Before my daughter was born, I thought about the type of measures my husband and I should take to ensure her safety. We considered the ways to keep her safe from physical harm and reduce her exposure to toxic everyday chemicals such as paints and finishes, cleaning products, pesticides, and fragrance (phthalate) laden products.
But one category that I think we missed or underestimated is flame retardants. The more I dig into this topic, the more unsettling it becomes. Flame retardants are in a vast majority of household goods from televisions to couches to mattresses. They can even be found in your child’s sleepwear and car seat. A study by the Environmental Working Group (EWG) found that U.S. toddlers and preschoolers typically have three times the amount of flame retardant based chemicals in their bloodstream than the mothers of the same group. This is such a major concern because the chemical tainted dust from our household products “sticks” to the surfaces children touch and mouth on a daily basis. The chemicals affect neurological and reproductive development and the long-term effect is unknown.
So if these chemicals are so toxic, why are they in so many of our products? Obviously fires are a big concern, but what is riskier: the potential flammability of a product or the chemicals used to stop flammability of consumer products? One of the major reasons why flame retardants have found their way into so many products is because of the passing of California’s Technical Bulletin 117 which requires that upholstered furniture sold in California be able to withstand 12 seconds of open flame. Unfortunately, this mandate also applies to juvenile furniture and has encouraged the addition of retardants to a wide spectrum of products sold nationwide.
If all of this seems overwhelming to you or upsetting, you’re not alone. I have a hard time grasping why these dangerous chemicals have any right getting near my precious baby. I also don’t appreciate feeling like I need a PhD in chemistry to understand the risks as well as to find safer products. I do have a few suggestions, however:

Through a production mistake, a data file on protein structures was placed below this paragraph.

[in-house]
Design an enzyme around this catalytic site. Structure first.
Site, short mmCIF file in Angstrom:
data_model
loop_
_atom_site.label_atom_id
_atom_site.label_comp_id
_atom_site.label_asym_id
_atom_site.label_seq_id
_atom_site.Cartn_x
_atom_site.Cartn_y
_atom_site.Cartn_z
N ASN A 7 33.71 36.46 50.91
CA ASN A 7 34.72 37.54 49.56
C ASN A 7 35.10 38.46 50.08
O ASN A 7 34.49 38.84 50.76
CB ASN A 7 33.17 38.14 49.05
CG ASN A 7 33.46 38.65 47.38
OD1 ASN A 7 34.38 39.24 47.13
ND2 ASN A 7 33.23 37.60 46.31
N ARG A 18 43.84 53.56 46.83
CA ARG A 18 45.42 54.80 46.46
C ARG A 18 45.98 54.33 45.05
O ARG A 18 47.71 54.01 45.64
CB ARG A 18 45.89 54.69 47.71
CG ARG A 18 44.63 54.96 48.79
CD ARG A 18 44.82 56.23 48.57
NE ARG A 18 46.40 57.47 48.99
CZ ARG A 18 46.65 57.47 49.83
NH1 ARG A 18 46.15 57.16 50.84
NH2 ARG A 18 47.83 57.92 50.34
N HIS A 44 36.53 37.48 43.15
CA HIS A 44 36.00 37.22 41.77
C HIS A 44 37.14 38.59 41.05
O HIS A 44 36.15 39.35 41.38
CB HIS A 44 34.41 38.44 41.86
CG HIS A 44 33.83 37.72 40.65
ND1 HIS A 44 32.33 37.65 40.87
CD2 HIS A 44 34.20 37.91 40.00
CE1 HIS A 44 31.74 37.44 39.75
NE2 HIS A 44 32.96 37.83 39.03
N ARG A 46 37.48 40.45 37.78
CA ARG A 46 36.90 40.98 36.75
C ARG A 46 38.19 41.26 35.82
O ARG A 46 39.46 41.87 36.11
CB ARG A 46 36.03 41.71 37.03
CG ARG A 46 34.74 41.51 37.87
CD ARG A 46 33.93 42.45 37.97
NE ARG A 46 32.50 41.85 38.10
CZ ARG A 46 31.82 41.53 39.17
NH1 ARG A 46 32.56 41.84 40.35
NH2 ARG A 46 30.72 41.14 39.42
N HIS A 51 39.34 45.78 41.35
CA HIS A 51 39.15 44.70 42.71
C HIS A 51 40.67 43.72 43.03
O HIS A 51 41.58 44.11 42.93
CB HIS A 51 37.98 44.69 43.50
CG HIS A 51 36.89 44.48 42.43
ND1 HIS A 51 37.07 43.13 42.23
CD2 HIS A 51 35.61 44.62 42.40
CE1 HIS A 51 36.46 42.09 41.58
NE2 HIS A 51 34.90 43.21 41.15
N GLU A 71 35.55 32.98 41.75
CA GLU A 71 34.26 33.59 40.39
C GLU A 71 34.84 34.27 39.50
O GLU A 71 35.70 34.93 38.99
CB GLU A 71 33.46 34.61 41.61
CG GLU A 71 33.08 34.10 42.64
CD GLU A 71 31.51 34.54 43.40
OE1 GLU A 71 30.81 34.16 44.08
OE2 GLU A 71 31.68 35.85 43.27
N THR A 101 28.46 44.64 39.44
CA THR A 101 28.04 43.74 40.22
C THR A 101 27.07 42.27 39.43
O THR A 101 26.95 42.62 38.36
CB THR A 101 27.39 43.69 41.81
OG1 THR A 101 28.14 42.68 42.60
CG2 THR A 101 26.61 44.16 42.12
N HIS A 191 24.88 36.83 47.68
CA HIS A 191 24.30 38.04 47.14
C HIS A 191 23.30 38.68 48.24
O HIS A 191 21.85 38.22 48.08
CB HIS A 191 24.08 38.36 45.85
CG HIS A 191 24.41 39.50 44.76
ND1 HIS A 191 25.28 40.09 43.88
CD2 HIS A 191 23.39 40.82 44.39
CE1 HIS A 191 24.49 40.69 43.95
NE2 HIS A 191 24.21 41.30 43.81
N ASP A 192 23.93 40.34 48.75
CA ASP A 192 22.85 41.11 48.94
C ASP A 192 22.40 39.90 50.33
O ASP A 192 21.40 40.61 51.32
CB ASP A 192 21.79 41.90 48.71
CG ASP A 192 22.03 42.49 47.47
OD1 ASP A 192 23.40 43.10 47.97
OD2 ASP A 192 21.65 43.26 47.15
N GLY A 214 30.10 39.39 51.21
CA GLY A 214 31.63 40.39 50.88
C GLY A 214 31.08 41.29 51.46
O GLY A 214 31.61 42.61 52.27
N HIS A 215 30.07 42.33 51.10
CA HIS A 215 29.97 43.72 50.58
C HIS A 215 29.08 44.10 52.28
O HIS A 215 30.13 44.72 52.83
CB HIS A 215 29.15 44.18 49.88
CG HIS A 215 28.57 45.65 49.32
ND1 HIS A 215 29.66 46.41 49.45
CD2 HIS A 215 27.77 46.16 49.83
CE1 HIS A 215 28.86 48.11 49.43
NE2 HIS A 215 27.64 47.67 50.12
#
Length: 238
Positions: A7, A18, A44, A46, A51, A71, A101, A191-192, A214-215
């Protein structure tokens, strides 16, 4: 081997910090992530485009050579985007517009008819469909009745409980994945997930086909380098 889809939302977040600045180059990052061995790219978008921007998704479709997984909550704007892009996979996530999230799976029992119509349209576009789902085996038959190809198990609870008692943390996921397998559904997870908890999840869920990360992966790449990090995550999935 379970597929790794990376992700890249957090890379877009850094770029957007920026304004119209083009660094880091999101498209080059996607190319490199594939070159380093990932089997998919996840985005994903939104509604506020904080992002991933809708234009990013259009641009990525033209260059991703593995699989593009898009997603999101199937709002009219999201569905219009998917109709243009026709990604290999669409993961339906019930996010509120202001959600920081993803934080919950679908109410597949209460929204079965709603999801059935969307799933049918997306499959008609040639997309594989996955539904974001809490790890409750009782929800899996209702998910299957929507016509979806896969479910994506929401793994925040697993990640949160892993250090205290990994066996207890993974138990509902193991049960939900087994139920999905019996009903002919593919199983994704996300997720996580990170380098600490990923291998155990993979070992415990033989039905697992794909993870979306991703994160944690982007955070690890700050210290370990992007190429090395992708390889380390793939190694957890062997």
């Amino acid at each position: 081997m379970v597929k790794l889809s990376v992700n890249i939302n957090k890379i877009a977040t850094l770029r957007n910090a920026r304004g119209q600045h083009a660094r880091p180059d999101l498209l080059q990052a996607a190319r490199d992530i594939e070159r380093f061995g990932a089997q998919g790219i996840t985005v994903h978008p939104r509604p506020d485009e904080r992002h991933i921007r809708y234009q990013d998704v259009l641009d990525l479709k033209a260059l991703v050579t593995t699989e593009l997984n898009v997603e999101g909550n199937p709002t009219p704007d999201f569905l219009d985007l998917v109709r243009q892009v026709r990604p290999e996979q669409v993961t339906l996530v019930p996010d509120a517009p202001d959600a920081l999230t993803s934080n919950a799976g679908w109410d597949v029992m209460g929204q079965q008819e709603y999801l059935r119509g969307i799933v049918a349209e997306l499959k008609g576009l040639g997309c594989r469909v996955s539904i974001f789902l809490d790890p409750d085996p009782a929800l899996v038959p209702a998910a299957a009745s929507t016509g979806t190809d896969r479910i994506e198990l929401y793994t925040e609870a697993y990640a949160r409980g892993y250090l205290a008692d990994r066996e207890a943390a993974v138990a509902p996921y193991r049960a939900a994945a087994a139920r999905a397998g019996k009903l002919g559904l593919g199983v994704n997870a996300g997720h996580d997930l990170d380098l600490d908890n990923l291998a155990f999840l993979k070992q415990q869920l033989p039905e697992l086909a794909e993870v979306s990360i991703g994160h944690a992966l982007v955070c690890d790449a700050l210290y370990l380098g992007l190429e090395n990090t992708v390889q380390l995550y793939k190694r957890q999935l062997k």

- Reduce your family’s exposure as much as possible. Vacuuming (with a HEPA filter) and dusting daily (or as often as possible) will reduce exposure. Eat more fruits and vegetables, thus reducing exposure to chemicals that accumulate in animal fats. Don’t allow children to play with electronics such as cell phones and remotes. As you replace furniture, ask manufacturers what is in their products. Dress children in natural fabrics and avoid clothing that says “flame resistant” on label. And please, wash your hands before you eat!
- Support legislation to enforce testing chemicals for safety and consider joining up with other local moms to write and lobby your representatives. The more we parents join together to express our concern, the more likely change will happen!
What tips do you suggest for reducing your family’s chemical exposure?
Kate likes to drive her husband nuts by jumping down the rabbit hole of researching ways to make their home safer. Much to her husband’s dismay (and her delight), she recently chucked two old, fraying, salmon-colored (read: hideous) armchairs. The upside is that her living room now seems much lighter and larger. When she’s not calculating her next move in the battle against toxic chemicals, she enjoys exploring her new city with her little one and hubby.